should be carefully avoided. Instead of appearing to discourse himself, the teacher should aim at obtaining clear, articulate expression of the knowledge and experience of the children. He may then judiciously sum up what has been gained during the lesson from the united experience of the whole class, and supplement it by filling in some of the more notable gaps. But the additions thus made by him to the common stock of acquirement should never be too preponderating a feature in the earlier lessons, and should come as naturally suggested by what has been obtained from the class.
It is often of advantage to let the lesson be suggested by some incident of the day, or something that has arrested notice since the previous lesson. The attention of the children is thereby riveted to the subject. They are ready to say all that they know about it, and eager to hear anything more which the teacher may tell them. A wet morning will profitably suggest a lesson on rain; the replenishing of the school-room fire with coal will furnish materials for another lesson, of a more advanced kind. The flitting of a butterfly through the open window of the school-room will suggest a lesson on insect-life, and give the teacher an opportunity of unfolding some of the wonders of the animal world and enforcing a reverence and sympathy for all living things. In short, his eye should be ever on the watch for materials on which he can train the observing and reflecting faculties of his scholars. If an incident likely to be of this useful kind should occur even in the midst of a lesson on another subject, he may profitably interrupt the work to direct attention to it that it may be distinctly seen, and he can afterward, at the proper time, return to the elucidation of it.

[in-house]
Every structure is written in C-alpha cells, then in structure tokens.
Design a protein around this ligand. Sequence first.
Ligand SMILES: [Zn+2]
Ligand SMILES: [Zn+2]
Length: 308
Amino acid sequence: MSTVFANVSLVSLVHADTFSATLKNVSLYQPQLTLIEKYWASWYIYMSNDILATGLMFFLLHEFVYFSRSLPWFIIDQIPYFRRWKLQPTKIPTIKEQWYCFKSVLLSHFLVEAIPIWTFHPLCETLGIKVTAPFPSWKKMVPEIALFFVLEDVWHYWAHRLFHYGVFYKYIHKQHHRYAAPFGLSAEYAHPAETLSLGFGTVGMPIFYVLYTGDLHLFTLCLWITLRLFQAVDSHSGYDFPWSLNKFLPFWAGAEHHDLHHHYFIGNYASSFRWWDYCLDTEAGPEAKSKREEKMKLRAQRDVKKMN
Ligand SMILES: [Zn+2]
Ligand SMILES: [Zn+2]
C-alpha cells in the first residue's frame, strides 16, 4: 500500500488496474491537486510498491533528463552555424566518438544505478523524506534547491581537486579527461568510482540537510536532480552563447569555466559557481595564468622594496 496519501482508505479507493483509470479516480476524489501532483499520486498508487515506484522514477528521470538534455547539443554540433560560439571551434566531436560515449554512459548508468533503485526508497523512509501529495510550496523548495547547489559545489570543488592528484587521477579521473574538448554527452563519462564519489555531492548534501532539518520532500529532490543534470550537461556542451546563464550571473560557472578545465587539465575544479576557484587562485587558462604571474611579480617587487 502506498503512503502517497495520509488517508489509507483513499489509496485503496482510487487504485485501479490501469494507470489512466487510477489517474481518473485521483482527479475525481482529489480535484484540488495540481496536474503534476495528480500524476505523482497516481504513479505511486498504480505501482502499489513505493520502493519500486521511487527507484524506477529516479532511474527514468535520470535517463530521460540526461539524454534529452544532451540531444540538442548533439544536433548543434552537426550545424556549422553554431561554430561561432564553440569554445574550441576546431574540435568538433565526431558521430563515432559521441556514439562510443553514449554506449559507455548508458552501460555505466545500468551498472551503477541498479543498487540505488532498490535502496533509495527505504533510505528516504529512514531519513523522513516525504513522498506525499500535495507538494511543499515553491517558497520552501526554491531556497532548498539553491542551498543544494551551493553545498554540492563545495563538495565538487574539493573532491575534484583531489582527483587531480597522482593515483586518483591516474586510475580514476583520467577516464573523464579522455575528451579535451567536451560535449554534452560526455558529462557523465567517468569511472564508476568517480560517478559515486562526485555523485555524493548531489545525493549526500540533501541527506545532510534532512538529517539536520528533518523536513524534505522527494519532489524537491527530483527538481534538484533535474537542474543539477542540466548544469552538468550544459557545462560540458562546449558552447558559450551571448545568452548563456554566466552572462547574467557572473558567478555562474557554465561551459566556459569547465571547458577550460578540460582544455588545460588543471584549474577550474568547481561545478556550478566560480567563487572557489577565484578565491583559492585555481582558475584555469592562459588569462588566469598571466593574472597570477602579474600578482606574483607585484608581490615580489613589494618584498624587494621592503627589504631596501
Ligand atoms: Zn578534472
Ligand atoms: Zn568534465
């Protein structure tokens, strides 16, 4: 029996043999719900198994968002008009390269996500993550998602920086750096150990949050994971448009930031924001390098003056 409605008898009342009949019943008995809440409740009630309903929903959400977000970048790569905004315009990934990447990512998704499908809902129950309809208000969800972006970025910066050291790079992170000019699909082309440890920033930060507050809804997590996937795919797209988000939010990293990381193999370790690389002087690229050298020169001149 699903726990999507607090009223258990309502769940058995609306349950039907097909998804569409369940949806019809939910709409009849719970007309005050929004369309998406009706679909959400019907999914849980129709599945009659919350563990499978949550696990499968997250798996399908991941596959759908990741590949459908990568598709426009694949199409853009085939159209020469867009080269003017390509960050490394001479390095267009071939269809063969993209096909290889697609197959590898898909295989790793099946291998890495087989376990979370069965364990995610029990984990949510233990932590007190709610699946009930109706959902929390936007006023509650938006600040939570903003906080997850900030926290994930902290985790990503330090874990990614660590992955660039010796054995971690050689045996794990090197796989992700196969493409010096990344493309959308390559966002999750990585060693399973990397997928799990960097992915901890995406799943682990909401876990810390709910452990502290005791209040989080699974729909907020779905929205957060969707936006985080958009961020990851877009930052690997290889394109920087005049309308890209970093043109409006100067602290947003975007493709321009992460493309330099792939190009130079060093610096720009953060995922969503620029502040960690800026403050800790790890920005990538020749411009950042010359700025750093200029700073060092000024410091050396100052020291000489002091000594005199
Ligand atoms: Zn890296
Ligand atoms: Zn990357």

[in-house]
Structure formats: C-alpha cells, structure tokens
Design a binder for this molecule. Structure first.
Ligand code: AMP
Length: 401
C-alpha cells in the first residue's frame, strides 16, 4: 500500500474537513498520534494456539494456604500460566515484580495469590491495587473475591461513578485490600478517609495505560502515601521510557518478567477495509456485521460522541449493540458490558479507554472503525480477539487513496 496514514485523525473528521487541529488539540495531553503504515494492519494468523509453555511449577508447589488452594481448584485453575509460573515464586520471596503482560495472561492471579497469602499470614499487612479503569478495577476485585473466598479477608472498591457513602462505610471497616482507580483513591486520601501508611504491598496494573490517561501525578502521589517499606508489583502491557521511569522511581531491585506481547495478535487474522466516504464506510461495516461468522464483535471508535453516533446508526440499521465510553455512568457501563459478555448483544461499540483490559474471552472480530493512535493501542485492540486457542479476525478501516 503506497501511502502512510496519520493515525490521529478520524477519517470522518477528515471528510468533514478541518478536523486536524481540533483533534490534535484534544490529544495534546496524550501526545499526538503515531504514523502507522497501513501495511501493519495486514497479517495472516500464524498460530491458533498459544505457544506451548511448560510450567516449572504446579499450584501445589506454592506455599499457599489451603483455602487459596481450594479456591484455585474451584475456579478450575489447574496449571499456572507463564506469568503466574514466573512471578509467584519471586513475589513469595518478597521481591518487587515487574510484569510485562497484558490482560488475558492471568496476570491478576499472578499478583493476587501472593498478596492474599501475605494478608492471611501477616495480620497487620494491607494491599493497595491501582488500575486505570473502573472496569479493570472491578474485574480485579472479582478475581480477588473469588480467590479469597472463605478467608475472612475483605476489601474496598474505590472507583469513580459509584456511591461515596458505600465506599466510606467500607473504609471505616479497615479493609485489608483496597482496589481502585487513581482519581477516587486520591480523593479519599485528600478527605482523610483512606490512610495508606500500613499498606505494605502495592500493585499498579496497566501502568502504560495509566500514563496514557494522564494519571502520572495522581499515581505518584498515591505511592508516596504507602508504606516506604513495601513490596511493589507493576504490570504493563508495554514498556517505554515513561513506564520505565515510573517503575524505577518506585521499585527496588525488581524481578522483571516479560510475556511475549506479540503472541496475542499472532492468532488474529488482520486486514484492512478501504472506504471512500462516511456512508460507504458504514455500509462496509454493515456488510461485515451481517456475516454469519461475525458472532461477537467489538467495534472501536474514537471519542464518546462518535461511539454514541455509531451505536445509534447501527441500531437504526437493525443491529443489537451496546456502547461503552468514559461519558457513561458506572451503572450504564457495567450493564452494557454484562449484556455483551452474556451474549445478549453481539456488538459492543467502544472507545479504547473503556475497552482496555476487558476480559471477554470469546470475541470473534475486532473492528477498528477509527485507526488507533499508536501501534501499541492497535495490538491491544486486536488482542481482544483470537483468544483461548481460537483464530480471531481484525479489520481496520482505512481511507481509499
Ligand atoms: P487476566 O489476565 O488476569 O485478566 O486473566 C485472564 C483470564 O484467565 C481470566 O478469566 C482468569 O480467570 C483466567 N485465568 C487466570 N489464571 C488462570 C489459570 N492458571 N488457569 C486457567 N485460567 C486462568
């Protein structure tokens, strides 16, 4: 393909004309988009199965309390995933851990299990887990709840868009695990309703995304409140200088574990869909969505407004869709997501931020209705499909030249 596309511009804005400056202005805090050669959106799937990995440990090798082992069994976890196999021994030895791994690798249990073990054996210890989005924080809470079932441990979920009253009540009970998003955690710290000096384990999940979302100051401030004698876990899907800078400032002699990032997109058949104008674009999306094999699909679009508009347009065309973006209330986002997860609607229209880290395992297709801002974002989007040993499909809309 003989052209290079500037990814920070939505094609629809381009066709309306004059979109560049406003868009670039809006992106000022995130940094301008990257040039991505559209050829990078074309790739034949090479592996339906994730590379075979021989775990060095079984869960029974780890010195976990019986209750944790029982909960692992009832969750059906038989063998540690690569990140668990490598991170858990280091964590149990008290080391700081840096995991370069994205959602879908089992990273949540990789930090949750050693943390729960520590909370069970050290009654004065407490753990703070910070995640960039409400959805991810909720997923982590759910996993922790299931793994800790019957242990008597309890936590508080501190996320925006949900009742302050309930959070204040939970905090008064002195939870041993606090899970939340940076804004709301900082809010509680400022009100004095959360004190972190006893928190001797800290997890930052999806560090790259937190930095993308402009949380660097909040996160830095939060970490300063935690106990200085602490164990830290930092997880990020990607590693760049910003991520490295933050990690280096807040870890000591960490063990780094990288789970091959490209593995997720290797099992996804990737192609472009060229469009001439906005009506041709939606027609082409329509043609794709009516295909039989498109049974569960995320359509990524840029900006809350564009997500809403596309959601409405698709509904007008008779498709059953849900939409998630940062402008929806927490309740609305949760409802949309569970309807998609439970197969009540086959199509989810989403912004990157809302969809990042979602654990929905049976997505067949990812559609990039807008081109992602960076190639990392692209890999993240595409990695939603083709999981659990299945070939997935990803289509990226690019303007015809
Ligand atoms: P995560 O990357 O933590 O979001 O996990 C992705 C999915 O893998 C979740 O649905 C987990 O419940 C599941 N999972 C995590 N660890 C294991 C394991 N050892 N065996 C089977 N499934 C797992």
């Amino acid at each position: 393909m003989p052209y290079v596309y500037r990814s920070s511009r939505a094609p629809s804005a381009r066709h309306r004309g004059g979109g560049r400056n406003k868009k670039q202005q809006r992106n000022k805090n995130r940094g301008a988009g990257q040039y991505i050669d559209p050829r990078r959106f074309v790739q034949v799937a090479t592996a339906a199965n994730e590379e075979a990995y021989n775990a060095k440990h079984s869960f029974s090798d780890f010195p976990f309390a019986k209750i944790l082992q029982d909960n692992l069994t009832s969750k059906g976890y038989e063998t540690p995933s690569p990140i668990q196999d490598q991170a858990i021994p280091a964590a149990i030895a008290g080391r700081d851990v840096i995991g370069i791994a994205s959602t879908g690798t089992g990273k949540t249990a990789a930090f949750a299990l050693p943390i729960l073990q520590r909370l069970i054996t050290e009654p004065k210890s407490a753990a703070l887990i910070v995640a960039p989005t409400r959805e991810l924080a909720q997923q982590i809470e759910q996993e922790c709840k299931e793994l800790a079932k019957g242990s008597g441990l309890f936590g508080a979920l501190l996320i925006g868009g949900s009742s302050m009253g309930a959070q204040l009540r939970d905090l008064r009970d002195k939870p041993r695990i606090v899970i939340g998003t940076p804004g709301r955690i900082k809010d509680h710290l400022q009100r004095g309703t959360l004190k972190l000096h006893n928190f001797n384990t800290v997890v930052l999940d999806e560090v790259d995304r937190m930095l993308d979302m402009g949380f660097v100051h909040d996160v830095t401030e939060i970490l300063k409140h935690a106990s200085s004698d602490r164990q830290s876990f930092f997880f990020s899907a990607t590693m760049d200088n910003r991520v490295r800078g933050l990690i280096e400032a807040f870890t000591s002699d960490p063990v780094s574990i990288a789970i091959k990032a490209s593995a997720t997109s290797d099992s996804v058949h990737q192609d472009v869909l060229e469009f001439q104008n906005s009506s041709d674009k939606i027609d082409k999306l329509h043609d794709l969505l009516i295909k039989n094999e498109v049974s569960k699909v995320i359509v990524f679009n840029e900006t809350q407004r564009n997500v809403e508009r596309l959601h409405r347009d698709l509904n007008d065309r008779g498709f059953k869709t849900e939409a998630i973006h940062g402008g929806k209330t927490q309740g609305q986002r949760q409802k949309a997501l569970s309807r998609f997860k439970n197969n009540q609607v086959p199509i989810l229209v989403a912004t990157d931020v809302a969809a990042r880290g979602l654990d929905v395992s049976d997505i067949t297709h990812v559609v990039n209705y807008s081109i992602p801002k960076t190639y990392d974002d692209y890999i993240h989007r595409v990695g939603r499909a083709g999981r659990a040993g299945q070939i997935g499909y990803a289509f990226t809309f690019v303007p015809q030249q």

An observant teacher will not fail to notice that, long before children can understand or take any intelligent interest in the geography-lesson as ordinarily given in our schools, they are quite alive to the attractions of that large mass of phenomena embraced within the scope of what is called physical geography. They at first care little about the political boundaries or subdivisions of countries; but if you speak to them of the changes of the sky, the movements of the wind, the fall of rain, the nature of snow and frost, or of rivers, lakes, and glaciers, of waves and storms, of the soil and the plants that grow in it, of insects and birds and familiar quadrupeds, in short, of the outer world which they see around them from day to day, their attention is at once arrested. The subject is one that comes within the range of their own observation. And in education, the importance of connecting the subject of instruction with the personal experience of the pupils can hardly be overestimated. As the school district constitutes the basis from which, as far as possible, the pupils are to realize what the world is as a whole, early attention should be given to its natural features. Among these the configuration of the ground should claim special notice. In flat regions, it must obviously be less easy to find